Common Drug Could Help Fight Against Alzheimer’s Disease

High doses of the drug can affect amyloid plaques.

Amyloid is a protein found in the body: however, in Alzheimer’s patients this protein builds up into beta amyloid, which is toxic to the brain’s nerve cells.

A study by neuroscientists in mice has found that high amounts of broad-spectrum antibiotics over five to six months reduces the level of amyloid plaques and activates the inflammatory response of the microglia (immune defence cells in the central nervous system).

Administration of broad spectrum antibiotics caused significant changes in the gut.

These changes suggest the diversity and composition of gut bacteria are vital for the regulation of immune system activity, which in turn changes the course of Alzheimer’s disease.

Professor Sangram Sisodia, senior author of the study, said:

“We’re exploring very new territory in how the gut influences brain health.

This is an area that people who work with neurodegenerative diseases are going to be increasingly interested in, because it could have an influence down the road on treatments.”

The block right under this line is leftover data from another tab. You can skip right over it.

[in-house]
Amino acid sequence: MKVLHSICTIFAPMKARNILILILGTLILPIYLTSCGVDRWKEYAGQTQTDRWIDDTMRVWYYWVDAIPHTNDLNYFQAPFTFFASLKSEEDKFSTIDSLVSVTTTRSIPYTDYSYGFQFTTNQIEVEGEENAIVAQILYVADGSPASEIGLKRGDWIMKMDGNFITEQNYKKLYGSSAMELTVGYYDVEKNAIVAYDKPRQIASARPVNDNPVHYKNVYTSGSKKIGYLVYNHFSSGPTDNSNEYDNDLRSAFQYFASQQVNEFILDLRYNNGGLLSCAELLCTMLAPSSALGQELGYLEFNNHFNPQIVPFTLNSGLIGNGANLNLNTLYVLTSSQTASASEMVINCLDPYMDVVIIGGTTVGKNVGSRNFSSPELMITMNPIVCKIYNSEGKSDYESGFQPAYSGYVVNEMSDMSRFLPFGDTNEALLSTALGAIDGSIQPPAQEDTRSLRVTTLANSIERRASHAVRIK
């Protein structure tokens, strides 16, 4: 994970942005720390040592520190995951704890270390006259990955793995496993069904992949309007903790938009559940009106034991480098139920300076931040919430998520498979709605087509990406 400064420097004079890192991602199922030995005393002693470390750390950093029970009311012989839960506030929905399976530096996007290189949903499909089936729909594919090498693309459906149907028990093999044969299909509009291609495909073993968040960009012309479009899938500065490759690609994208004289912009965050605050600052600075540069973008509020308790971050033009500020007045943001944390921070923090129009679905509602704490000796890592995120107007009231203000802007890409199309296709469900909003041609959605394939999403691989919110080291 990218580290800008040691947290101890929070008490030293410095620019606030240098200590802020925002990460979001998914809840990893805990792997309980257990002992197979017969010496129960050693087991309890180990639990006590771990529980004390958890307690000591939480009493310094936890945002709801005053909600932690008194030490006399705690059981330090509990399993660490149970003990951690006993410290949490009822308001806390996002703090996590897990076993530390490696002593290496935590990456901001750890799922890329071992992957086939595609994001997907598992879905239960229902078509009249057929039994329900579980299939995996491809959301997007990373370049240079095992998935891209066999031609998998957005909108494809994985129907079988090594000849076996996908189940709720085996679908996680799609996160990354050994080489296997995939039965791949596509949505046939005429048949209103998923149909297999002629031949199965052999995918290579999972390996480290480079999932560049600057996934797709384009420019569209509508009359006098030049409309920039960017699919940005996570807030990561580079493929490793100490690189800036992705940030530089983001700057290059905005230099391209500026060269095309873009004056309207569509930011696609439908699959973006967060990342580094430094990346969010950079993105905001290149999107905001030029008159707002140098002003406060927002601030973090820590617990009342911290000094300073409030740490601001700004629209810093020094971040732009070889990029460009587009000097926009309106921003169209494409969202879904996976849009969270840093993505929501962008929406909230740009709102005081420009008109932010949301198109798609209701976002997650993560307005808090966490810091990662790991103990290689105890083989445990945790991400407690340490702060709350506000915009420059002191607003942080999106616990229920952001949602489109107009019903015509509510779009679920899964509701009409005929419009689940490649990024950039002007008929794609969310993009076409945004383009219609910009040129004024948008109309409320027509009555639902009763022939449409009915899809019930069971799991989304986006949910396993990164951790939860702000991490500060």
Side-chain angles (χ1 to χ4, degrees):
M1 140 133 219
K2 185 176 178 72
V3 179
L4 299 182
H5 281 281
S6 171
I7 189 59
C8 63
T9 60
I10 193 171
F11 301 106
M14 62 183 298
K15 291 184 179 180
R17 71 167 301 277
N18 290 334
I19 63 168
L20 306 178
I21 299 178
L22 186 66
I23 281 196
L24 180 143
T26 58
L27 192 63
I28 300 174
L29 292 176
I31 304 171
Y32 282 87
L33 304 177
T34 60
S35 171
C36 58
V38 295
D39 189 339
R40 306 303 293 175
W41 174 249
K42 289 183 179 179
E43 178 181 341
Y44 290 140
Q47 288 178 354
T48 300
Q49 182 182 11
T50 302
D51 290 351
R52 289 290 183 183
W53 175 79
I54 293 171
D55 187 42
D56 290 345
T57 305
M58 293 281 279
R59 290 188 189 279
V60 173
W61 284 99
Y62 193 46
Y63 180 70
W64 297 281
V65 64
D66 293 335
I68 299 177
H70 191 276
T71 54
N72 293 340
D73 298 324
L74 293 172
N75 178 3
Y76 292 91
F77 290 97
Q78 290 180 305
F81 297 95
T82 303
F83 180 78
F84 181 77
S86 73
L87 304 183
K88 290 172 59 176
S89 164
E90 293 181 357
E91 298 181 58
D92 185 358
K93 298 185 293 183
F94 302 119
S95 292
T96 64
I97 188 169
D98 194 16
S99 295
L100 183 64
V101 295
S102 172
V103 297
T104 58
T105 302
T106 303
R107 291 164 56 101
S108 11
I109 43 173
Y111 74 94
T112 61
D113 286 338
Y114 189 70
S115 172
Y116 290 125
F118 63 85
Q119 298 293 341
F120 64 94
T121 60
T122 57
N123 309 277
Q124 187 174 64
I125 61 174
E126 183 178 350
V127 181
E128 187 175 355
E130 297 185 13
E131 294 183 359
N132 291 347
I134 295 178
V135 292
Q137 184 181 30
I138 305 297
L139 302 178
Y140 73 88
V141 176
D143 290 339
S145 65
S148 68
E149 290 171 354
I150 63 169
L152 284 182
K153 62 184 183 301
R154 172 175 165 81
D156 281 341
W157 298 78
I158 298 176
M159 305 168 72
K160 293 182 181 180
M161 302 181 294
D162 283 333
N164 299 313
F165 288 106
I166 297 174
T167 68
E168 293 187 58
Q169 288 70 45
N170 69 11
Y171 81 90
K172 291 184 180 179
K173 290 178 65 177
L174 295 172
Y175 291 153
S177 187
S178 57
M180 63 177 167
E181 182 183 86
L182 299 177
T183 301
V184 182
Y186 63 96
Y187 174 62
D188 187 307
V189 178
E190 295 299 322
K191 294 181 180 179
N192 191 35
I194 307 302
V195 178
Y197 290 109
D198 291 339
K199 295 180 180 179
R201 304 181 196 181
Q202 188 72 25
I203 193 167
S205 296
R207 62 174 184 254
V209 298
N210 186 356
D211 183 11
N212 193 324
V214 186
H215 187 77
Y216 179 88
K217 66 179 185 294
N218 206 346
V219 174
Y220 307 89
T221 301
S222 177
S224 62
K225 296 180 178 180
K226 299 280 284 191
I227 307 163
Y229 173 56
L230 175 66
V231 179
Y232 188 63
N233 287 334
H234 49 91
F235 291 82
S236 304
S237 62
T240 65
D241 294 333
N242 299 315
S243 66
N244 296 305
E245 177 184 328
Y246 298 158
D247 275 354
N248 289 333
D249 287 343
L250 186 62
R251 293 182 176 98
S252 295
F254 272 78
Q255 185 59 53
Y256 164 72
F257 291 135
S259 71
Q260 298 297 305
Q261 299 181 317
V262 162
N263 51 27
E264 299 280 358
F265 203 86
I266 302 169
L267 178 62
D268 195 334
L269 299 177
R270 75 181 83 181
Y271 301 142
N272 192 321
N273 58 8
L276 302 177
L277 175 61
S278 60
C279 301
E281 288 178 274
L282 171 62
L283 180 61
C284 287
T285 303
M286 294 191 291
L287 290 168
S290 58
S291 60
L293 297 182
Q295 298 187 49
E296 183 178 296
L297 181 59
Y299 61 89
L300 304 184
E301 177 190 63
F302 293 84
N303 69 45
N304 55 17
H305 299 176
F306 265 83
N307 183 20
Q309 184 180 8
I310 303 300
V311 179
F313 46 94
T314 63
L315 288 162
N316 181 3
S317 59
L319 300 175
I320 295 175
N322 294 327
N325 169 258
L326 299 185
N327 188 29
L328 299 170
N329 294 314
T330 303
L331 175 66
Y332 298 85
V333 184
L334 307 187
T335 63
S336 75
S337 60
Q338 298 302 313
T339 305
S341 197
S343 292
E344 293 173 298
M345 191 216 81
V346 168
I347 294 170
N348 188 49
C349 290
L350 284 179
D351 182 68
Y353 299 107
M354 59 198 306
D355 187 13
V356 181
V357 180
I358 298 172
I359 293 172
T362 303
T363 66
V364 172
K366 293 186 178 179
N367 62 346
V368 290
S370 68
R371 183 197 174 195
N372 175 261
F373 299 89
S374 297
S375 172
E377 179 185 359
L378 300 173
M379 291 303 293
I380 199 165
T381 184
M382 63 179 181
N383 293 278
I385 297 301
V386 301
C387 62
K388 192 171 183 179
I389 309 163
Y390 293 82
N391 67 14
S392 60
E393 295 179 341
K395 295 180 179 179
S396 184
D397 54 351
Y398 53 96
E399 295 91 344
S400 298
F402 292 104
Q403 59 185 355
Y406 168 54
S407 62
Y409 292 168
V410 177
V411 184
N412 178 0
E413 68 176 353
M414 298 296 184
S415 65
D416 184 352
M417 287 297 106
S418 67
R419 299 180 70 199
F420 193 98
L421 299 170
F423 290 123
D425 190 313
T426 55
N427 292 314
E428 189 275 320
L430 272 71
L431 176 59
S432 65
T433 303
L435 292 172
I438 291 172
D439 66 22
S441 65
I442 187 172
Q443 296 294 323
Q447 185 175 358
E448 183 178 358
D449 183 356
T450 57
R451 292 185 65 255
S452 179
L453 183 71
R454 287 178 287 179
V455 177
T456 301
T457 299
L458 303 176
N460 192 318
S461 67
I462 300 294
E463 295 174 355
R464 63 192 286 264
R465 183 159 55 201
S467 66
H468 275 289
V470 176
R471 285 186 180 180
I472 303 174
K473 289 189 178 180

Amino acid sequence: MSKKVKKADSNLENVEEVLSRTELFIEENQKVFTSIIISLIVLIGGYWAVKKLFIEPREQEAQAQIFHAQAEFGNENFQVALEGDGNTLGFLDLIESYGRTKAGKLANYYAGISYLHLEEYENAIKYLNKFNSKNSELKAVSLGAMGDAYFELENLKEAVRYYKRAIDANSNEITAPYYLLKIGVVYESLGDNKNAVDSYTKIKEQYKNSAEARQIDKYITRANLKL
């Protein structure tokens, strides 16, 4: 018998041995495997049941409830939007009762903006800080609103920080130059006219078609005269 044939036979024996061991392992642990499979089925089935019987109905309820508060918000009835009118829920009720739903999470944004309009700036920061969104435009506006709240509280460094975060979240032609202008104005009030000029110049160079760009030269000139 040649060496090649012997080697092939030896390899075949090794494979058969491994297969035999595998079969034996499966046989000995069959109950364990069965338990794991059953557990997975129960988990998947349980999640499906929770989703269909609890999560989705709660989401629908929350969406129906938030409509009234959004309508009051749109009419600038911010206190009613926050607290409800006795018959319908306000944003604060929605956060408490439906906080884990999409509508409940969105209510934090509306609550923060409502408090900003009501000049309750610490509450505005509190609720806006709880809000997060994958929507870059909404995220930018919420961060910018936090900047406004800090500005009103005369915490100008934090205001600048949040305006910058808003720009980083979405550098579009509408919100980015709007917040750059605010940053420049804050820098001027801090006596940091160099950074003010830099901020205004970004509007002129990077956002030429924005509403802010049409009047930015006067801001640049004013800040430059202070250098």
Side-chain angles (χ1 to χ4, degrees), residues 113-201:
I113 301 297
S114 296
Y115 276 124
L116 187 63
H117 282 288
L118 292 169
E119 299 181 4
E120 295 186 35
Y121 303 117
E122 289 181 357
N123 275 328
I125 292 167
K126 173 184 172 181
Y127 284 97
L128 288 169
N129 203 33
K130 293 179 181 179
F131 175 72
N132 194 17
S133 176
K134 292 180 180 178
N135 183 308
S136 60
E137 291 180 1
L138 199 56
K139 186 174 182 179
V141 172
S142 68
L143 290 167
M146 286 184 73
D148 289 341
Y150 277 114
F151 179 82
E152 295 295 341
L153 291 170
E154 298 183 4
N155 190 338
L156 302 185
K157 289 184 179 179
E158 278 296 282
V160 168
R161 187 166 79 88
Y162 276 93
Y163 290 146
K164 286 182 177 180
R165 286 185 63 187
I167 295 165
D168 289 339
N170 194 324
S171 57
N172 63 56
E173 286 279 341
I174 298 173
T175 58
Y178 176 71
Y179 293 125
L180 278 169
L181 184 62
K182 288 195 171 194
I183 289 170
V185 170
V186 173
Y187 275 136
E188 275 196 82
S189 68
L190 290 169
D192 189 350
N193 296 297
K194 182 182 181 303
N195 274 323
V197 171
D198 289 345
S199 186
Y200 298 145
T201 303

The accumulation of amyloid-beta (Aβ) peptides in the brain and inflammation of microglia are the main indicators of Alzheimer’s.

The formation of Aβ plaques plays a key part in the start of Alzheimer’s, whereas the inflammation of nerve cells influences the amount of cognitive decline.


To examine the influence of gut microbiota on the nervous system — and so Aβ deposition — Professor Sisodia and his team gave the test mice a wide range of antibiotics in high dosages for six months.

Then they carried out a genetic analysis of gut bacteria.

They noticed that the total mass of microbes in the antibiotic-treated mice was the same as the control group, but the community’s diversity was severely changed in the treated mice.

There were also a two-fold reduction of Aß plaques the microglia in the brain were more inflamed compared to the control group.

Dr Myles Minter, the first author of the study, pointed out:

“We don’t propose that a long-term course of antibiotics is going to be a treatment — that’s just absurd for a whole number of reasons.

But what this study does is allow us to explore further, now that we’re clearly changing the gut microbial population and have new bugs that are more prevalent in mice with altered amyloid deposition after antibiotics.”

Professor Sisodia concluded:

“We have to find ways to intervene when a patient starts showing clinical signs, and if we learn how changes in gut bacteria affect onset or progression, or how the molecules they produce interact with the nervous system, we could use that to create a new kind of personalized medicine.”

The study was published in Scientific Reports (Minter et al., 2016).

Alzheimer image from Shutterstock